MEXICO | Groundbreaking Report Reveals Religious Freedom Violations 


Date:                       April 20, 2022


CSW published a report on violations of the right to freedom of religion or belief (FoRB) affecting indigenous religious minority women in Mexico, the first time these issues have been explored in depth.
In 2021, CSW conducted research into whether the ways in which indigenous religious minority women in Mexico experience FoRB and other human rights violations are gender-specific and/or gendered. The resulting report, Let Her Be Heard, published today, explores in detail the experiences of 25 indigenous women and two mestiza women from religious minority communities in the states of Chiapas, Guerrero, Hidalgo, Jalisco and Oaxaca. These women represent a sector of the population that is marginalized in multiple ways, including by their ethnic and linguistic identity, their socio-economic status, their gender and their religious beliefs.
The report finds that, while many FoRB violations appear to affect both indigenous religious minority men and women equally, some forms of discrimination appear to disproportionately or exclusively affect women and have gone under-reported.
One of the research participants, Maria Francisca Martínez Hernández from La Mesa de Limantitla, Huejutla de Reyes Municipality, Hidalgo, told CSW researchers that after her family refused to sign an agreement renouncing their religious beliefs in January 2019, the local authorities removed their access to water, sewerage services, government benefit programmes and the community mill for one year. In April 2019, after a few months of carrying heavy jugs of water from a nearby river to her house, Martínez Hernández developed an inguinal hernia and a lump under her right arm, which she had removed in two operations in December 2019. However, her post-operation recovery took place without access to water services, a functioning bathroom, or support from friends or family as the local authorities threatened to cut off the basic services of anyone who visited or tried to help her.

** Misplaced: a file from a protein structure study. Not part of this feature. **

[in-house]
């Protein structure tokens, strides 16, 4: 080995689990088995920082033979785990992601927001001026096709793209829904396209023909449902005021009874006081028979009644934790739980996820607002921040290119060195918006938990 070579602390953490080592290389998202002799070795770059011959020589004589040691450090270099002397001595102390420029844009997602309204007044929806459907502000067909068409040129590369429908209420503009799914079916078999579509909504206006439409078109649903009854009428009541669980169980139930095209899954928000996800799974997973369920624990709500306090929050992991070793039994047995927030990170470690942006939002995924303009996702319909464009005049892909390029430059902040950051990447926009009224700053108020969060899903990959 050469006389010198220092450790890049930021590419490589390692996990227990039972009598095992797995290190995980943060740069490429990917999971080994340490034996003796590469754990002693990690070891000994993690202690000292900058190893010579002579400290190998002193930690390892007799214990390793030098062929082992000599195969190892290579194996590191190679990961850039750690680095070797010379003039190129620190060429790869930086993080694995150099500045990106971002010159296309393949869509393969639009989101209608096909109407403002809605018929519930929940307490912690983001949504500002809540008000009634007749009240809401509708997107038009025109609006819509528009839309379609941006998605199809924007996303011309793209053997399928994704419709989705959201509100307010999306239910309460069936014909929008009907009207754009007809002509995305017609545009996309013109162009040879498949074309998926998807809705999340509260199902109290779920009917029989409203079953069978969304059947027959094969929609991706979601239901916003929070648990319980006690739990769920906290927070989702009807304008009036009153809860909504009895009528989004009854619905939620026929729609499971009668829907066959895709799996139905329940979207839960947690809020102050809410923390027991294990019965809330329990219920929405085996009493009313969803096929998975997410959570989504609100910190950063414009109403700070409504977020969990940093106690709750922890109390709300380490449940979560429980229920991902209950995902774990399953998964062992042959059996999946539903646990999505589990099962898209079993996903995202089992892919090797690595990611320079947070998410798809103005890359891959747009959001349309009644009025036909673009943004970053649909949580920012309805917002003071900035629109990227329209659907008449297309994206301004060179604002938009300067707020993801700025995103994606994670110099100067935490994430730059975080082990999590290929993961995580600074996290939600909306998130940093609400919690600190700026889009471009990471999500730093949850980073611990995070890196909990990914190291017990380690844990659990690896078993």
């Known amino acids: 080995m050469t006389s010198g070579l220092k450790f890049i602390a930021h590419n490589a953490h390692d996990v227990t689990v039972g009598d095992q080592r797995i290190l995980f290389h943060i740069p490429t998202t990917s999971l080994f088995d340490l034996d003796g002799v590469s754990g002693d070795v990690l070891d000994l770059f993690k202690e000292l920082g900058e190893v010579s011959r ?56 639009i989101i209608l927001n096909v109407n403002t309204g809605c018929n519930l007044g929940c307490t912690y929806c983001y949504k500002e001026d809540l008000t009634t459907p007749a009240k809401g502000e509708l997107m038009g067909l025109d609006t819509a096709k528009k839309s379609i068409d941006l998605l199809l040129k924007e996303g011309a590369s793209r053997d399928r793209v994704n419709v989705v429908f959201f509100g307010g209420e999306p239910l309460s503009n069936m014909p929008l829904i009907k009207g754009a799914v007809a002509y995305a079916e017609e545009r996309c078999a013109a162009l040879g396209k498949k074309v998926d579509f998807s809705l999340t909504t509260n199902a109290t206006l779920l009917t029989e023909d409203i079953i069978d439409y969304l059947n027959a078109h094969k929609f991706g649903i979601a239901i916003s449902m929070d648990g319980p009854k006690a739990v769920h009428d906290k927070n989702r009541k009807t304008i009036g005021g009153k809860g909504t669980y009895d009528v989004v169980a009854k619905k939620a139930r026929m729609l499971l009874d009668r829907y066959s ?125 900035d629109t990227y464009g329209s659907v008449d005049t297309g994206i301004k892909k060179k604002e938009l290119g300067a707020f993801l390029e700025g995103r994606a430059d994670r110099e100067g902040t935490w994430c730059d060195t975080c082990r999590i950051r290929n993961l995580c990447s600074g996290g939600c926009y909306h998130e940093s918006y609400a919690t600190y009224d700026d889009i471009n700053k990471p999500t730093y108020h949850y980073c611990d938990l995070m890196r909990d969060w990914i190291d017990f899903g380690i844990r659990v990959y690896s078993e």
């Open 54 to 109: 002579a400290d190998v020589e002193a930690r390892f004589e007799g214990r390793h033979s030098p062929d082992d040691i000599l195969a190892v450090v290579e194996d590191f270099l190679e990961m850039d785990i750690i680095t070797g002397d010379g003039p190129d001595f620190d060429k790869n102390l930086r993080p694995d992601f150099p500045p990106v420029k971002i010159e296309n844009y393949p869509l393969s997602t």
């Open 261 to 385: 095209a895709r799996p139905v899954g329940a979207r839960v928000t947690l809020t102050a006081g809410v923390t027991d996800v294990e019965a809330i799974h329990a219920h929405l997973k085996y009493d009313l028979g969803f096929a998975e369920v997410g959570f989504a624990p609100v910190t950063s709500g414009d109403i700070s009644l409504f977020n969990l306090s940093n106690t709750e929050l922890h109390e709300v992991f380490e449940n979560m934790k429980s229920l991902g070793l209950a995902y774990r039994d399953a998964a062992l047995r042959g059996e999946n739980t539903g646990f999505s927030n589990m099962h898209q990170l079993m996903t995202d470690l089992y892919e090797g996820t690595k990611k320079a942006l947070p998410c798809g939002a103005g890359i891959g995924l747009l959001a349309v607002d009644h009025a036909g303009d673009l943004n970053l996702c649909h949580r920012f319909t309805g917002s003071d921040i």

Martínez Hernández recalled a local authority leader telling her husband to renounce their religion in order to have their access to water and sewerage restored, reportedly threatening him by saying, “Your wife is dying. Renounce your religion and we will connect your water. You have to renounce [your religion]. Do you want to be without sewerage? … [You] are going to die, and we are not going to let them bury you here. Let the "brothers" bury you. Don't you want your house? Don't you care about your land? You want to be on the streets!”
Documented FoRB violations included in the report include pressured or forced participation in religious majority activities, harassment by the religious majority, threats or attacks on property and land, being unable to access justice, and denial of access to government benefit programmes and basic services. Forms of discrimination that appear to affect religious minority women disproportionately or exclusively include barriers to benefiting from government programs aimed at women, and the denial of prenatal healthcare services to pregnant women because of their religious beliefs.
Some of the women interviewed have accessed justice mechanisms with varying degrees of effectiveness, mostly after their male relatives pursued legal action or assistance from Mexican human rights bodies. However, the persistent lack of intervention by the state governments to uphold FoRB is a clear indication that, in general, government officials, especially at the state level, continue to misunderstand FoRB and view FoRB violations as community issues or minor problems rather than violations of fundamental human rights.
CSW’s Head of Advocacy Anna Lee Stangl said, “Let Her Be Heard shares the often-unheard perspectives of indigenous religious minority women in Mexico. Many of the women who feature in the report have been waiting over a decade for a response from the government, whose duty it is to uphold provisions in the law and to ensure that the local authorities are held to account for illegal actions. The fact that the majority of these cases are ongoing and unresolved shows that the government has essentially abdicated its responsibilities. Interventions by the Mexican government must take seriously the vulnerabilities and barriers facing indigenous religious minorities, and especially the gendered impact on indigenous women, who are often further marginalised, due to limited economic and educational opportunities. The Mexican government at every level must uphold the law and ensure perpetrators of human rights violations are brought to justice, while proactively ensuring that justice mechanisms are understood by and accessible to all indigenous religious minority women in Mexico. Finally, we call on Mexico’s federal and national authorities, and relevant regional and international bodies, to ensure that the right to freedom of belief is fully respected for all Mexico’s citizens, with particular regard for the indigenous religious minority communities mentioned in this report.”

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